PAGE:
As the clocks go back this weekend, and with evenings becoming darker earlier, Helen Green who works on Dementia UK’s Admiral Nurse Dementia Helpline talks about how she united one family troubled by sundowning
Sundowning is a term used for the changes in behaviour that occur in the evening, around dusk. Some people who have been diagnosed with dementia experience a growing sense of agitation or anxiety at this time.
Sundowning symptoms might include a compelling sense that they are in the wrong place. The person with dementia might say they need to go home, even if they are home; or that they need to pick the children up, even if that is not the case. Other symptoms might include shouting or arguing, pacing, or becoming confused about who people are or what’s going on.
This article at Dementia UK explains how the Dementia Helpline supported one family troubled by sundowning
See also Dementia UK’s leaflet on Good habits for bedtime
Practical tips on preventing sundowning
- Follow a routine during the day that contains activities the person enjoys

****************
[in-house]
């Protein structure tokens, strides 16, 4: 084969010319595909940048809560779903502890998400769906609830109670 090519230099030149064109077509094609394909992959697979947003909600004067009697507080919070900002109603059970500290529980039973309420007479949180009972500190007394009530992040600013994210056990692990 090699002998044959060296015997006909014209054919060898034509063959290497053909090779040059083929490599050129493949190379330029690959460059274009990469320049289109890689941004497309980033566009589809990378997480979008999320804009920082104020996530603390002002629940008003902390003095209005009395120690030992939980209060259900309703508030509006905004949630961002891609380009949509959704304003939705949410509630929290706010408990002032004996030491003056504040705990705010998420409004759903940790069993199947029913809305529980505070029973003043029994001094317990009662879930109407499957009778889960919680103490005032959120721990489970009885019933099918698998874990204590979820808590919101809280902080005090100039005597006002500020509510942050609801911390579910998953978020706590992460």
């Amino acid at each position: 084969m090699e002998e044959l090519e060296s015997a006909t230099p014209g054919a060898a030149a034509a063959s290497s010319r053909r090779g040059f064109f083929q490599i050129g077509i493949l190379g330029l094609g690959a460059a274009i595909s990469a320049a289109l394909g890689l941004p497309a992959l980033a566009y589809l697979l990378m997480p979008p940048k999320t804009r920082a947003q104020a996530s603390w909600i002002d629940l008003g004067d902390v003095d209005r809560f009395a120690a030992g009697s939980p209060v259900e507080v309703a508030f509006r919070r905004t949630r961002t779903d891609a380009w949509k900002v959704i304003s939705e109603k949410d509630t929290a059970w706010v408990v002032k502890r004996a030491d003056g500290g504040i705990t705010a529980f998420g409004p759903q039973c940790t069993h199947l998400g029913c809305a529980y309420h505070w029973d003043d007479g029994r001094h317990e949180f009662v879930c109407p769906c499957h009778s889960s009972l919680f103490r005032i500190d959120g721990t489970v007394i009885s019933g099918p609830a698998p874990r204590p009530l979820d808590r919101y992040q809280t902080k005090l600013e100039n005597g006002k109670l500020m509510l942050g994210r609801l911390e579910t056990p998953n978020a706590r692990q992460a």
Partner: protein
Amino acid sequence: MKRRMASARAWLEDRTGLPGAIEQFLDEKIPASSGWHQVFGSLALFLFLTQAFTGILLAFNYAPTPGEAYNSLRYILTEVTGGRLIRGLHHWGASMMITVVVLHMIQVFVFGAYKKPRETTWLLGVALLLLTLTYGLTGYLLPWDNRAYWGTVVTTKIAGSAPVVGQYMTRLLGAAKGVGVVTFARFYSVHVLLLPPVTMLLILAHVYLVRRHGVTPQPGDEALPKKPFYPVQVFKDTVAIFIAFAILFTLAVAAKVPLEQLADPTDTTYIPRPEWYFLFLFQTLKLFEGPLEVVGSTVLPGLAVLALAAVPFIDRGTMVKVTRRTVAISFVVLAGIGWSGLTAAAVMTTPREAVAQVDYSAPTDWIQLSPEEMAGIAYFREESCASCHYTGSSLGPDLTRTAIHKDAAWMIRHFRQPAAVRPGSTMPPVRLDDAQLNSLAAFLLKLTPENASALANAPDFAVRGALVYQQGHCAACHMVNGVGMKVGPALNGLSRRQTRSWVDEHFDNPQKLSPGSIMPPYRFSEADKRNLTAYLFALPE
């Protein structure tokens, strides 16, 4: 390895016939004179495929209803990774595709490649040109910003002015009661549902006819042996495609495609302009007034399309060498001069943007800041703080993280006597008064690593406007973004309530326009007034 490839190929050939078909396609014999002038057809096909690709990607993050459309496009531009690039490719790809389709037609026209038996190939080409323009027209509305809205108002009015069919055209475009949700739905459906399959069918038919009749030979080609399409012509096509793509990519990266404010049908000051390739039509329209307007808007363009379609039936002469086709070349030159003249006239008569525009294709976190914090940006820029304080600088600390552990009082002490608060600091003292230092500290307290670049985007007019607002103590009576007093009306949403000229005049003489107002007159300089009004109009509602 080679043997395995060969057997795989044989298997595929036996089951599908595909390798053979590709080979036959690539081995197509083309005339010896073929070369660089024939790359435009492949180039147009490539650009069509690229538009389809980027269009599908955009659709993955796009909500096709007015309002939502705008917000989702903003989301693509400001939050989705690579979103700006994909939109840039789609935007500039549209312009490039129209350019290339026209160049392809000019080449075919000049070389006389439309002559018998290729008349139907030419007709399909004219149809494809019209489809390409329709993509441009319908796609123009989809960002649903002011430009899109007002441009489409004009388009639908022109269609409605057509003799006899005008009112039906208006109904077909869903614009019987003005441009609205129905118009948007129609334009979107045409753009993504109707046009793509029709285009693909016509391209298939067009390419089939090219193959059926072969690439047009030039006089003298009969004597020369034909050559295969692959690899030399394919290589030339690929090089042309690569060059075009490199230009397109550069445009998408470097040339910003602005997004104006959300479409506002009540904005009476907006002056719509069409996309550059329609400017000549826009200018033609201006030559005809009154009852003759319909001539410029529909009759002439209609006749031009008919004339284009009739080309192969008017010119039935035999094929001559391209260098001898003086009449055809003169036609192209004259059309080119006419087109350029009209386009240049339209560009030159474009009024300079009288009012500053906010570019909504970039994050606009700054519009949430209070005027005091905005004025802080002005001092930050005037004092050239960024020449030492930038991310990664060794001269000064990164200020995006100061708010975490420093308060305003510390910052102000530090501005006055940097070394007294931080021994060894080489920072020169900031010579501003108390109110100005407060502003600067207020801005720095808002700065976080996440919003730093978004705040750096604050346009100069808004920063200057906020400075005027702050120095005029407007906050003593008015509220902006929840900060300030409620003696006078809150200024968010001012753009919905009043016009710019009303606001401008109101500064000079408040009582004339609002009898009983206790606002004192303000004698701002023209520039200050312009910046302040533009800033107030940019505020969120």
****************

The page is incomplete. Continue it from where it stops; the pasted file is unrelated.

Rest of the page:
- Going outside for a walk or visiting some shops is good exercise
- Limit the person’s intake of caffeinated drinks. Consider stopping the person from drinking alcohol altogether. Caffeine-free tea, coffee and cola are available, as is alcohol-free beer and wine
- Try and limit the person’s naps during the day to encourage them to sleep well at night instead
- Close the curtains and turn the lights on before dusk begins, to ease the transition into nighttime
- If possible, cover mirrors or glass doors. Reflections can be confusing for someone with dementia
- Once you are in for the evening, speak in short sentences and give simple instructions to the person, to try and limit their confusion
- Avoid large meals in the evening as this can disrupt sleep patterns
- Introduce an evening routine with activities the person enjoys, such as: watching a favourite programme, listening to music, stroking a pet etc. However, try to keep television or radio stations set to something calming and relatively quiet—sudden loud noises or people shouting can be distressing for a person with dementia.